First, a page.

Carbohydrates Recommended to consume 45-65% (275-300 grams) of total calories as CHO, with not more than 10% from simple CHO. Athletes may need more, especially endurance athletes! Marathoners CHO load right before the event because they exercise for longer than 90 minutes. Choose fresh fruits, vegetables, and whole grains to fuel the body!
12 Great Foods Center for Science in the Public Interest • Whole Grains (bread, pasta) • Beans • Brown rice • Oatmeal • Sweet potato • Baked potato • Broccoli • Spinach/kale • Strawberries • Oranges (orange juice) • Cantaloupe • Skim milk (yogurt) How many are carbohydrates??
“Those who think they have no time for healthy eating will sooner or later have to find time for illness.” Edward Stanley (1826-1893) from The Conduct of Life
FATS (Lipids) • The most concentrated source of energy. We store 50 times more energy in the form of fat, than in CHO. • 3500 calories = 1 pound of fat. • The body burns fat as an energy source for periods of rest and low to moderate physical activity. About 70% of the energy we need comes from fat, 30% from glucose, except for high intensity work. • Function of fats: • Insulation • Cushion body organs • Provide energy • Vitamin storage (fat soluble A, D, E, K) • Add flavor and texture to foods. Some fat is invisible, as it is tucked in and around our organs. It is a part of every cell membrane. Brain tissue is also rich in fat.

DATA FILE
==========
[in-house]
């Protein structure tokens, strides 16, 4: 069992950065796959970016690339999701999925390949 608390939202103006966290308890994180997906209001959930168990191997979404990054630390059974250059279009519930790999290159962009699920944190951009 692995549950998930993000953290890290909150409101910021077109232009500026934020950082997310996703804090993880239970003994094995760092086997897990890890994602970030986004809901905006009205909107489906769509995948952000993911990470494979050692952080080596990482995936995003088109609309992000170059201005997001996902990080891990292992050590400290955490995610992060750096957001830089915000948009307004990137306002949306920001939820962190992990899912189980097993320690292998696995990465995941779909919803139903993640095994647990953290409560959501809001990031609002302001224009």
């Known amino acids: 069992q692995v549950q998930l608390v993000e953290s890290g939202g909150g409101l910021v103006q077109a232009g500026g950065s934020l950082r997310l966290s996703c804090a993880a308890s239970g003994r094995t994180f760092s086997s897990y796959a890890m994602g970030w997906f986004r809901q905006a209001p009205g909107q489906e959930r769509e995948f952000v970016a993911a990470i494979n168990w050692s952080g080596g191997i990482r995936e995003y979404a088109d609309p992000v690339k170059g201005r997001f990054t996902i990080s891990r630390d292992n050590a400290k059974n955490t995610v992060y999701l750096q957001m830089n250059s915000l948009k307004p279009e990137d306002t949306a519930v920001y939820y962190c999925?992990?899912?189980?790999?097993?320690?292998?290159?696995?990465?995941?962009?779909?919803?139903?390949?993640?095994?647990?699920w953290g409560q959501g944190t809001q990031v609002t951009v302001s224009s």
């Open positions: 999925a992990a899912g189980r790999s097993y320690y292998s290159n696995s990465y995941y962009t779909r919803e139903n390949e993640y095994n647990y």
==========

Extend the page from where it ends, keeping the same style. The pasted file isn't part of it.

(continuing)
Fats in Food • Food contains 3 kinds of fats: triglycerides, phospholipids and sterols. • Triglycerides are the fats you use to make adipose tissue and what you burn for energy. • Phospholipids help to carry hormones and vitamins through the blood and across cell membranes. • Sterols are fat and alcohol compounds with no calories. • Vitamin D, testosterone and cholesterol are sterols.
Right Amount of Fat • Balance must occur to get the right amount of fat in your healthy eating plan. • Too much – risk of obesity, diabetes, heart disease, cancers • Too little – infants and children do not grow, not able to absorb A, D, E, K that help with vision, smooth skin, immune system and reproductive organs • Fat should make up <30% of calories, with no more than 10% from saturated fat sources. • For 2000 cal./day that would be 600 calories or fewer from fat and 200 calories or fewer of that from saturated fat.
Foods and Fats • Fruits and vegetables have only traces of fat, primarily unsaturated fatty acids. • Grains have very small amounts of fat. • Dairy products vary. Cream is high-fat. Whole milk and cheeses are moderately high in fat. Skim milk and skim milk products are low fat foods. Most fat in dairy is saturated. • Meat is moderately high in fat – mainly saturated. • Chicken and turkey are lower in fat. • Fish may be high or low, but is primarily unsaturated fatty acids. • Vegetable oils, butter and lard are high fat. Most oils are unsaturated. Lard and butter are saturated.